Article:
Emma Raducanu focusing on ‘bigger picture’ as she admits ‘I’ve never done any normal teenage things’

Emma Raducanu celebrates after a match Credit: Alamy
Emma Raducanu celebrates after a match Credit: Alamy

Emma Raducanu is determined to “put in a good shift” over the next decade even if it means having to sacrifice “normal things” and being on her own.

Raducanu announced her arrival on the big stage when she reached the fourth round at Wimbledon last year and by September she hit dizzying heights when she won the US Open in New York on her debut.

Aged just 18, the Britain became the first-ever qualifier to win a Grand Slam and fame and fortune followed her everywhere.

This year marked her first full season on the WTA Tour and she has travelled the globe with trips to Australia, Mexico, the United States, Canada and various European cities.

Her busy schedule has left with very little time to go out like other teenagers, but she has “done pretty well” when compared to her peers.

“I’ve never gone out. I’ve never done any normal teenage things,” she said in an interview with Grazia Magazine. “Between training and the travel, [the lifestyle] takes some getting used to, but I like to be on my own and it’s always about the bigger picture.

“In my career, I’ve done pretty well compared to most teenagers.

“Hopefully, I’ll be playing throughout my twenties and into my thirties – I’m looking forward to putting in a good shift.”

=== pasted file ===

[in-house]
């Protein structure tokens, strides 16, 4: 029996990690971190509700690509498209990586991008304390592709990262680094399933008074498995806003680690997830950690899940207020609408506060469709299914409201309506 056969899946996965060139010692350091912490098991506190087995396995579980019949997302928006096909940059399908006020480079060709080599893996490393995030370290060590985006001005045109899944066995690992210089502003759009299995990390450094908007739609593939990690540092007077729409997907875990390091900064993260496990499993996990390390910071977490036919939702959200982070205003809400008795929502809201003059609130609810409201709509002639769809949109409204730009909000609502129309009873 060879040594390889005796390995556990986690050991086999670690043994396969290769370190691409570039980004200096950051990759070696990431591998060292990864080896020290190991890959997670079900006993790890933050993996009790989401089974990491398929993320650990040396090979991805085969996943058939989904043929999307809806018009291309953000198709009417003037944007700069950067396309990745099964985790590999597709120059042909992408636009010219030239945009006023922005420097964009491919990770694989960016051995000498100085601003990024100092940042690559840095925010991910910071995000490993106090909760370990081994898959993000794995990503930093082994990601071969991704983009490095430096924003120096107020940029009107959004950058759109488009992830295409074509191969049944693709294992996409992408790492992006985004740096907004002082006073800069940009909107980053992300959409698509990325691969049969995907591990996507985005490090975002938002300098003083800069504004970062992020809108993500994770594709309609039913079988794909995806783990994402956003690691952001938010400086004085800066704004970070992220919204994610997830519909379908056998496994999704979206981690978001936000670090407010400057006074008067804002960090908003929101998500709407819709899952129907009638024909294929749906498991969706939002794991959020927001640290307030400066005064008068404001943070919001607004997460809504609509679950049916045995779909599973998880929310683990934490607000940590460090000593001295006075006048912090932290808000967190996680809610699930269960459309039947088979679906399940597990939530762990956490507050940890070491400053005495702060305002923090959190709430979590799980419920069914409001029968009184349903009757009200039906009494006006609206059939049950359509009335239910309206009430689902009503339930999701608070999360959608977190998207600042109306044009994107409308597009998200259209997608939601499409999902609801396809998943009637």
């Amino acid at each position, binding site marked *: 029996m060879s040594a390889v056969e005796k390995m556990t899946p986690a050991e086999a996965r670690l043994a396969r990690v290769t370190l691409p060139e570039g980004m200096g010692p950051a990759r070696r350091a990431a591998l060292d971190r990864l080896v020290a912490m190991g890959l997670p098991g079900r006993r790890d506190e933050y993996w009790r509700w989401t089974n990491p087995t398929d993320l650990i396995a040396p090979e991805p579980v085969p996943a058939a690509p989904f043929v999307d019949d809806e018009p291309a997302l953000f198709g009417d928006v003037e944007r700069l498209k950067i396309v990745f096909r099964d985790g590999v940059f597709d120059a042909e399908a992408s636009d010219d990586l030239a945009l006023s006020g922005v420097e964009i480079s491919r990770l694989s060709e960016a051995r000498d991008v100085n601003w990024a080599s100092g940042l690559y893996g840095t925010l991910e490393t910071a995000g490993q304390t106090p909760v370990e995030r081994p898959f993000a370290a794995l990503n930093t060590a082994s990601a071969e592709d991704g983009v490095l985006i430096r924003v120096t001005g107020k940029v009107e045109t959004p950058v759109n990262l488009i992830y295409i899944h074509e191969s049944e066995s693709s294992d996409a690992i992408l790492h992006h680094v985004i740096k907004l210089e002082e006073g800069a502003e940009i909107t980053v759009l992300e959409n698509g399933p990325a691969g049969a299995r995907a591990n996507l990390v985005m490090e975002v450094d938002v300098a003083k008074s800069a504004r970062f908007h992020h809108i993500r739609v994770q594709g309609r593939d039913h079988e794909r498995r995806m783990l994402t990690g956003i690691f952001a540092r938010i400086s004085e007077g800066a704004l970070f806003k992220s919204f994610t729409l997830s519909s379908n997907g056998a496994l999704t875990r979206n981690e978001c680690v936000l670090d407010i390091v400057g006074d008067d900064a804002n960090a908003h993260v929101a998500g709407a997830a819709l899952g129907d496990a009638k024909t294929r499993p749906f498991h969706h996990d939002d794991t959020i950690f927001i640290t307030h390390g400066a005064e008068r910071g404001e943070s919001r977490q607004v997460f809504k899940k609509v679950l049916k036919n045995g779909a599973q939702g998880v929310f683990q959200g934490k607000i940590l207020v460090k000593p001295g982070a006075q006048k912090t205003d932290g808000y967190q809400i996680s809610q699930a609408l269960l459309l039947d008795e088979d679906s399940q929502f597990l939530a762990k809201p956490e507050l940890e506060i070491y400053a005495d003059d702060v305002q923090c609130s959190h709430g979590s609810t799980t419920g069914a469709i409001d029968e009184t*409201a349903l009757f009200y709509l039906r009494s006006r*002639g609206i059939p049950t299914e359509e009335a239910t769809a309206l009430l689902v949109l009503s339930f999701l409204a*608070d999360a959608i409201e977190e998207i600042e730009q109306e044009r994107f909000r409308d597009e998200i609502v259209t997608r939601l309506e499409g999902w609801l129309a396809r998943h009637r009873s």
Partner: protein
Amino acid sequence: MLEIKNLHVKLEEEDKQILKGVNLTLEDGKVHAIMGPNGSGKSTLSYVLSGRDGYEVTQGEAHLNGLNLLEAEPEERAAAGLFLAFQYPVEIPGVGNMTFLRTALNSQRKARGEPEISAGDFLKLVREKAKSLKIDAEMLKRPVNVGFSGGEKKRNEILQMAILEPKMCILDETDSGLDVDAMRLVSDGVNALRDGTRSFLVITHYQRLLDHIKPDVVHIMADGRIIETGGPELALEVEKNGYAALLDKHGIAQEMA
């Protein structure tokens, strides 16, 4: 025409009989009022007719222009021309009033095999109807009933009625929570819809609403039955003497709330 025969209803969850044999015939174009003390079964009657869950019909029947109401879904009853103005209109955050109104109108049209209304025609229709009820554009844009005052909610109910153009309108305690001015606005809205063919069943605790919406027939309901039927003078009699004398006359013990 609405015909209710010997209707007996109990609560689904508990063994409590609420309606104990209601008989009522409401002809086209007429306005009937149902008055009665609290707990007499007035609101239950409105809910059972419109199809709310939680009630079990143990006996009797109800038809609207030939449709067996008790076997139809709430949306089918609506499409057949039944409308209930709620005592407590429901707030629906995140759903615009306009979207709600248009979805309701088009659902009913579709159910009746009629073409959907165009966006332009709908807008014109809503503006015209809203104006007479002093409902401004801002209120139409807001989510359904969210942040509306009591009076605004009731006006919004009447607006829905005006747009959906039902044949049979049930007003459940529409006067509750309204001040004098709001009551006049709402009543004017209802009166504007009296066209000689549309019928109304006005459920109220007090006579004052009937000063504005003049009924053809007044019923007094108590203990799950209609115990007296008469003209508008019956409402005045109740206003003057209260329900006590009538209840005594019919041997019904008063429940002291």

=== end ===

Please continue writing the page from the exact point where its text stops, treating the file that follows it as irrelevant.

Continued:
Following the highs of 2021 that saw her surge up the WTA Rankings, Raducanu has struggled this year as she failed to hit the same heights and has slumped to outside the top 70 in the world.

But the 20-year-old knows things can change in the blink of an eye and she is taking inspiration and advice from fellow Brit and former world No 1 Andy Murray.

“[In tennis] it could look like it’s all going down, down, down and just not getting any better,” she said. “But it can all change so fast.

“Just one match can have a big influence on your confidence and once you have confidence and the momentum comes, you feel like you can’t lose.

“It’s a very individual sport – people are friendly but it’s difficult to be really close with those you’re competing with.

“Andy Murray is so good to talk to because he’s been through pretty much what I’ve been going through.

“I have always looked up to him and watched him winning his first Wimbledon and the Olympics.”

READ MORE: Emma Raducanu ‘extremely grateful’ after receiving MBE from King Charles III for services to tennis

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